Characteristics of organic matter sources from Guadiana Estuary salt marsh sediments (SW Iberian Peninsula)

Kumar, M., Boski, T., González-Vila, F., Jiménez-Morillo, N., González-Pérez, J.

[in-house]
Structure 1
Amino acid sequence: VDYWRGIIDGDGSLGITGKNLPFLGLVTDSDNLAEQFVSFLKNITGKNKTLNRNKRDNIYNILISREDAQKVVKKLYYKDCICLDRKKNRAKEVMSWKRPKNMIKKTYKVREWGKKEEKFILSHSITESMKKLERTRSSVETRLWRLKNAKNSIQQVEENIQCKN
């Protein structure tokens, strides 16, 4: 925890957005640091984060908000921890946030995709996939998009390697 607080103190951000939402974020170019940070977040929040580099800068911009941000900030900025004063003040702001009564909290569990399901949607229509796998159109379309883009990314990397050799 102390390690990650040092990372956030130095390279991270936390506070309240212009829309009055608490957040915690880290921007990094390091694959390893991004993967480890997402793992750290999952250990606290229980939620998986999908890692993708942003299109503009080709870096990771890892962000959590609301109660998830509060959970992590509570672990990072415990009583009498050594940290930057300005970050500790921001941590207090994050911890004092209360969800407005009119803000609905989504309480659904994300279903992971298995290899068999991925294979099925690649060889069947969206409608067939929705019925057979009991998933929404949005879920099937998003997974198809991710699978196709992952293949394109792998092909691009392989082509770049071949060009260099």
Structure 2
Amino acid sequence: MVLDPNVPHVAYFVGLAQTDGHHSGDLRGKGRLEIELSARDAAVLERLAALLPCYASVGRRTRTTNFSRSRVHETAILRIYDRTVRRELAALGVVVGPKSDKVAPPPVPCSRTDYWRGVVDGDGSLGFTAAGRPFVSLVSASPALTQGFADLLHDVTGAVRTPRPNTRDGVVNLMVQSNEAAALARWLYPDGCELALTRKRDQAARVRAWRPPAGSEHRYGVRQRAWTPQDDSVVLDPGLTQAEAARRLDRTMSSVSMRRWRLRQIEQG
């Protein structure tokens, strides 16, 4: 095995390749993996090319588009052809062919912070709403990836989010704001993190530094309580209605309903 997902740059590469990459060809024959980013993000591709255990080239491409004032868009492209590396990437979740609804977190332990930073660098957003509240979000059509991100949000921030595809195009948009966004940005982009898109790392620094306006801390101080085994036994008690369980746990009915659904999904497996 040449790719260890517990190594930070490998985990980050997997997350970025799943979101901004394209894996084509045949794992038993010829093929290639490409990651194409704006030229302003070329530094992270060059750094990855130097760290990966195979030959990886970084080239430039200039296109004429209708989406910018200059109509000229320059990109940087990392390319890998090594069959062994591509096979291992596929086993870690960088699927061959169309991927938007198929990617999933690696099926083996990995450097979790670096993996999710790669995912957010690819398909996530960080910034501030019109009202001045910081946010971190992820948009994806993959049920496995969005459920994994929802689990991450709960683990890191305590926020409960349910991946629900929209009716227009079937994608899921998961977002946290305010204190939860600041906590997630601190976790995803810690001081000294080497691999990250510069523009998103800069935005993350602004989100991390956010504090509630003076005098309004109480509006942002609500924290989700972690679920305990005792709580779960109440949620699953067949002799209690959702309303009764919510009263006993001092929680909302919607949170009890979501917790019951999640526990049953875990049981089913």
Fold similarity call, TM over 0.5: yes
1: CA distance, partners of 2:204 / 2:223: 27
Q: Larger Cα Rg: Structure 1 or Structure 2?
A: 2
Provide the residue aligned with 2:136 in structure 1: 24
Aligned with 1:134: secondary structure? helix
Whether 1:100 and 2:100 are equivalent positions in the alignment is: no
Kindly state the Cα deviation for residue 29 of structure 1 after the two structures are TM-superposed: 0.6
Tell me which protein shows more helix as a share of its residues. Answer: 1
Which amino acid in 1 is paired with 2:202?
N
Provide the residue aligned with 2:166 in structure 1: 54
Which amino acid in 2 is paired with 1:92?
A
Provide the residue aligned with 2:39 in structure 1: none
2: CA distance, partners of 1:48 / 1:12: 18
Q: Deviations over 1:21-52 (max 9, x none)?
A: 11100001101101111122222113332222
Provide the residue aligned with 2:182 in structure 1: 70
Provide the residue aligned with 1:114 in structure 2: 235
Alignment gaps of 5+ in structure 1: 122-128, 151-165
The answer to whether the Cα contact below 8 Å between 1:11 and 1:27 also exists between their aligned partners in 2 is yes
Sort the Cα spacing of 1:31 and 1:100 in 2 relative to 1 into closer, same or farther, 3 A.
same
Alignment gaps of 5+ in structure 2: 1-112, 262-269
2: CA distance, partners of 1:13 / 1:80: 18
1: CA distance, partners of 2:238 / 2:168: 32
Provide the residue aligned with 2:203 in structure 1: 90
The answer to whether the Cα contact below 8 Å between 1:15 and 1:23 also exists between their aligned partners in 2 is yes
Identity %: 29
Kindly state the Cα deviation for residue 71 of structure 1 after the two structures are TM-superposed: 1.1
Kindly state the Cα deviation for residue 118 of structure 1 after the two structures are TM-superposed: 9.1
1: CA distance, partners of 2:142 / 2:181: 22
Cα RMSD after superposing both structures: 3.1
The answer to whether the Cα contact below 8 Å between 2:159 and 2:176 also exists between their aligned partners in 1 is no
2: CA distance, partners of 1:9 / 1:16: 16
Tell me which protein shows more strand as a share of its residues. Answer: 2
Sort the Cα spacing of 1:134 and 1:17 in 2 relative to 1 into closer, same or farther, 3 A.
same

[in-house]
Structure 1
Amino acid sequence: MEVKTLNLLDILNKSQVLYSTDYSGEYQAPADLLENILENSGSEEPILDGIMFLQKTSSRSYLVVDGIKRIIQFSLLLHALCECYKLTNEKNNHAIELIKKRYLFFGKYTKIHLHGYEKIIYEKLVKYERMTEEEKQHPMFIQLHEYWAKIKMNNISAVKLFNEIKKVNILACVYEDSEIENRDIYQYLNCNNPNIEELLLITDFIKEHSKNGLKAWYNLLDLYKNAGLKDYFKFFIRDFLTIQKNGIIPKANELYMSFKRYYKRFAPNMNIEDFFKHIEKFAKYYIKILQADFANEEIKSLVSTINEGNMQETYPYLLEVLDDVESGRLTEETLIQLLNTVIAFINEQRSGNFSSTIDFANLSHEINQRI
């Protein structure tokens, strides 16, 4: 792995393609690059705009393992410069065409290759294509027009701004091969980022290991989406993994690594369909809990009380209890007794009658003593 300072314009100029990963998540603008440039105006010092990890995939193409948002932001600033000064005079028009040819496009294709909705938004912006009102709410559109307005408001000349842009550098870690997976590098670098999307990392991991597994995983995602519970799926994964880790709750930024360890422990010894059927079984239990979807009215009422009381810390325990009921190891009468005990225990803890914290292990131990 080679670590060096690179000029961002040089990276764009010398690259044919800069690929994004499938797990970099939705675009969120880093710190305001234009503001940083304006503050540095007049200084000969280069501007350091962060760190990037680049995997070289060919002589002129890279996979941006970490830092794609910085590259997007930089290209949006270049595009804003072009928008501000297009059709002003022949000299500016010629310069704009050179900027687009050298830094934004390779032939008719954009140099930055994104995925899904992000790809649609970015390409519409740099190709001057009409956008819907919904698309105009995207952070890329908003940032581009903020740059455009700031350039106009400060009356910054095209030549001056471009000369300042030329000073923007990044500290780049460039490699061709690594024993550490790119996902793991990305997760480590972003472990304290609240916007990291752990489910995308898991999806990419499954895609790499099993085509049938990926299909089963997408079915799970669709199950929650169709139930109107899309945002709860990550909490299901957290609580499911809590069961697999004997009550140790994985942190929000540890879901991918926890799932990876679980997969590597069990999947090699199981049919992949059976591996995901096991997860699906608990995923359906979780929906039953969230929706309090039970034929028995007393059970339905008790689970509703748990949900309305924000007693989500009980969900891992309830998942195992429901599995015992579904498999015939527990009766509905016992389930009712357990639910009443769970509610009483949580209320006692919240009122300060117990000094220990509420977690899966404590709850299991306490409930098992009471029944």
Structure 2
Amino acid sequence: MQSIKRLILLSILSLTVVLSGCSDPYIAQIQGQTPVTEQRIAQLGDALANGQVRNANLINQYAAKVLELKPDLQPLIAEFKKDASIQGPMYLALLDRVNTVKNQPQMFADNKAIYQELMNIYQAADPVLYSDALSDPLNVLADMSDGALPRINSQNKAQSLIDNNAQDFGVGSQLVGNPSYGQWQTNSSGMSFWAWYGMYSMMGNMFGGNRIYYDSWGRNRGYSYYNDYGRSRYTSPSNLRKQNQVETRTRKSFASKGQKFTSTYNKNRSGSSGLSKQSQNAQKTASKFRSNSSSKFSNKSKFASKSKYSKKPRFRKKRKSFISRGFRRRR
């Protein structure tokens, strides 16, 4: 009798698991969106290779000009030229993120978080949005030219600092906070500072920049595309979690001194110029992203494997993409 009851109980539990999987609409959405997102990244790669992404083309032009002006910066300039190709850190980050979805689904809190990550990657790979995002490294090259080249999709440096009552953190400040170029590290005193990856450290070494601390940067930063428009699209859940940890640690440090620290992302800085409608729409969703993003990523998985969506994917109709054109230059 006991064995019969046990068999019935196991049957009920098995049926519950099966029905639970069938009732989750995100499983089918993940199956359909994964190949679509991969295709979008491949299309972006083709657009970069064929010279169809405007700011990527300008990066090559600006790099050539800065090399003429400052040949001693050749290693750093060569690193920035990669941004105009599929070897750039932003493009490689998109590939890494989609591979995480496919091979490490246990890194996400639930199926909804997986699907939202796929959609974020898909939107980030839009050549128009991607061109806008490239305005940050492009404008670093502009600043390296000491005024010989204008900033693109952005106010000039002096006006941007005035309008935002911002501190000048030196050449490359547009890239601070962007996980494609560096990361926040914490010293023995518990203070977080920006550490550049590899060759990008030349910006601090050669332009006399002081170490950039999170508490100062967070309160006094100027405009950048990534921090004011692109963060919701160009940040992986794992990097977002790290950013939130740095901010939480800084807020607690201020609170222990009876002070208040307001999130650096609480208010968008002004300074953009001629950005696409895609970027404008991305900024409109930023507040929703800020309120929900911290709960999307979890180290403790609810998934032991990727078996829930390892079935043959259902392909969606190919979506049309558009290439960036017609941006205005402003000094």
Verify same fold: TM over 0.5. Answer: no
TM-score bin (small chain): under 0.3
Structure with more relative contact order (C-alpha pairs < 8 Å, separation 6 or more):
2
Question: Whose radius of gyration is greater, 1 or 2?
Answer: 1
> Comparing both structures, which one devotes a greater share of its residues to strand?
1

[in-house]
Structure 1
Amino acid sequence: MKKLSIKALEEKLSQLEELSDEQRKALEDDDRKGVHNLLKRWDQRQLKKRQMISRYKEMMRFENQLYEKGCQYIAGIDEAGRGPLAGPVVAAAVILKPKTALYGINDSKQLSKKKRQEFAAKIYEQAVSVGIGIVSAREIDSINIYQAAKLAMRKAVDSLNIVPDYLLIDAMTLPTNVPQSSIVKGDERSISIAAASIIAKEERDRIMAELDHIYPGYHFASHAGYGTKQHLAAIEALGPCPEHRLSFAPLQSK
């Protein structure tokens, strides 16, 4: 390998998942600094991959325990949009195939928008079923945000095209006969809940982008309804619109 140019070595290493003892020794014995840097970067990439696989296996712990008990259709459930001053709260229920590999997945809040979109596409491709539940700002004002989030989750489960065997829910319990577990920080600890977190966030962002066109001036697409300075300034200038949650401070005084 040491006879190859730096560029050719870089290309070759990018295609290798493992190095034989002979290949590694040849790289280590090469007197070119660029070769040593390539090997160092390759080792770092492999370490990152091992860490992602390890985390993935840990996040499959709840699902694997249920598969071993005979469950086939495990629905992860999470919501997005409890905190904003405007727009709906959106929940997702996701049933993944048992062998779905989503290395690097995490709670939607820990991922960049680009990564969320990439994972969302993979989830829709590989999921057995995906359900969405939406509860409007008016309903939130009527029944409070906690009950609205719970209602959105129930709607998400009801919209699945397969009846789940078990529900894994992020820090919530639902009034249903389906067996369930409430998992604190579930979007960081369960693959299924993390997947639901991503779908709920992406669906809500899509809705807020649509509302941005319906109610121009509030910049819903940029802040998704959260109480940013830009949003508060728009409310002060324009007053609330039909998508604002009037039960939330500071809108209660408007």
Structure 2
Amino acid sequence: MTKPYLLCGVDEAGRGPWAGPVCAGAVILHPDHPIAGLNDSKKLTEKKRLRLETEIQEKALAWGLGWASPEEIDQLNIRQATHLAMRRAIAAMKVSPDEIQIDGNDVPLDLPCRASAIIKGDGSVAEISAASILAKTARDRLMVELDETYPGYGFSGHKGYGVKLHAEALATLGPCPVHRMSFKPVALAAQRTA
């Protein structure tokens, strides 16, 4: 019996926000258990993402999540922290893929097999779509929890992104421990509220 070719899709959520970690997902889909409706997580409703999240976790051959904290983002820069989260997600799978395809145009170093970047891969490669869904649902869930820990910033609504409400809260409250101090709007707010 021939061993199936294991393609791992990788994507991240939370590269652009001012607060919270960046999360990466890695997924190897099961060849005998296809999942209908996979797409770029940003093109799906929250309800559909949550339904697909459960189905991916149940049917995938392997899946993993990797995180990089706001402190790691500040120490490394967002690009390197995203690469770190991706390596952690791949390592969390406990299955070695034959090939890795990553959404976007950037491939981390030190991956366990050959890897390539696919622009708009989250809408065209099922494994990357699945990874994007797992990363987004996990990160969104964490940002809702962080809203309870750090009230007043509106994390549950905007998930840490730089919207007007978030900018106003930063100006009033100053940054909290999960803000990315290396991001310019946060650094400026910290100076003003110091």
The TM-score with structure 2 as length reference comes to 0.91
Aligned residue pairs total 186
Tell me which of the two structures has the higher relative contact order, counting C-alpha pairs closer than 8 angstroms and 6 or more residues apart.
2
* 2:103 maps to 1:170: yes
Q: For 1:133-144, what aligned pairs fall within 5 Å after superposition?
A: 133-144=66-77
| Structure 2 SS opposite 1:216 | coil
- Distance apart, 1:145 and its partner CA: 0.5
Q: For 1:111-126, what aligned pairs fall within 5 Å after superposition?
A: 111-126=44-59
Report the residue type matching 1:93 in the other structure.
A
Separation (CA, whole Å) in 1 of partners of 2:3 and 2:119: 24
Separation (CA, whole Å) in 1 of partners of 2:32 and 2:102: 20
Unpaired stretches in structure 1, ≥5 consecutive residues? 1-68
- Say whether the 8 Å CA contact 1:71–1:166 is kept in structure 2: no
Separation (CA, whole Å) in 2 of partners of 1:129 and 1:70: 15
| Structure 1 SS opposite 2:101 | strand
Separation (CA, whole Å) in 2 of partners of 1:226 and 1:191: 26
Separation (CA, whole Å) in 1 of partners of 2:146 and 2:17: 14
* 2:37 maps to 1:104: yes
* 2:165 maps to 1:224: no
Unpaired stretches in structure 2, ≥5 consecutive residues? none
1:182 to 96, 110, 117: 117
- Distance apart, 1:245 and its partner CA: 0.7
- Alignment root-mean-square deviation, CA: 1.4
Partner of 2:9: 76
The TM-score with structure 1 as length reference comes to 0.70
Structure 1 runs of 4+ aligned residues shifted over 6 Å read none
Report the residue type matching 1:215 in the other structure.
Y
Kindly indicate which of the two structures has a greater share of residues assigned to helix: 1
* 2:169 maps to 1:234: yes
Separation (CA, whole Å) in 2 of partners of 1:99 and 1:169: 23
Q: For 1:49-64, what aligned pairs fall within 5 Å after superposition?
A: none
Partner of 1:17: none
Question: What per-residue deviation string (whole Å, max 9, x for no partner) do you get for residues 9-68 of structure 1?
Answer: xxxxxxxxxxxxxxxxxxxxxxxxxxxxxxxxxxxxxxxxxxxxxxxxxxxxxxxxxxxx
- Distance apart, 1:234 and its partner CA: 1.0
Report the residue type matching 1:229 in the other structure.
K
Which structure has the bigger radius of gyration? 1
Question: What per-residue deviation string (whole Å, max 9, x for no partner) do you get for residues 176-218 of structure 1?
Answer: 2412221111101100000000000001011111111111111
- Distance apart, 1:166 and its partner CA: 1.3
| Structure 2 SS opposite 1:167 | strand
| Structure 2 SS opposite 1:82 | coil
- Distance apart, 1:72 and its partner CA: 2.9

Estuaries are dynamic interfaces between land, rivers and the ocean that play major roles in the global carbon cycle. These coastal wetlands store huge amounts of organic carbon (OC), commonly known as “blue carbon” and excellent places to study C cycling. The Guadiana river estuary is among the most important tidal salt marshes in the South - Iberian coastal margin. Here, a detailed organic geochemical study is described that includes the identification of sedimentary OM composition at a molecular and isotopic level. Total organic carbon content (TOC) of core sediments ranged from 0.39 to 2.23% and stable carbon isotope composition (δ13C) also showed a wide range between −22.4 and −27.0‰. A13C depletion trend observed from the surface to bottom in the core sediments profiles, reflects loss of labile biogenic 13C enriched compounds i.e. polysaccharides and a selective preservation of more depleted compounds with depth i.e. lignin and lipids in the core sediments. Series of n-alkanes were found in the range from C10 to C31. Carbon preference index ratio (CPI) calculated for long-chain n-alkanes (C24–C31) that ranged between 1.17 and 1.94 reflecting diverse OM inputs to the sediments. A study of the lignin-derived phenolic composition pointed to a recalcitrant OM derived from both gymnosperm and angiosperm plants. Moreover, high abundance of vinyl phenol and vinyl guaiacol points to a dominant contribution of lignins from grasses and aquatic macrophytes to the sediments. A well-resolved series of long-chain linear alkyl benzenes (LABs from C4 to C22) were recorded in all core sediment samples indicating direct discharge of untreated domestic and/or industrial effluents to the estuary. Polycyclic aromatic hydrocarbons (PAHs) with more than 3 rings reflects the pyrogenic origin of a portion of the sedimentary OM. This study highlights the importance of different OM sources to the lower Guadiana estuarine sediments and contributes to a better knowledge about its origin, dynamics and fate.



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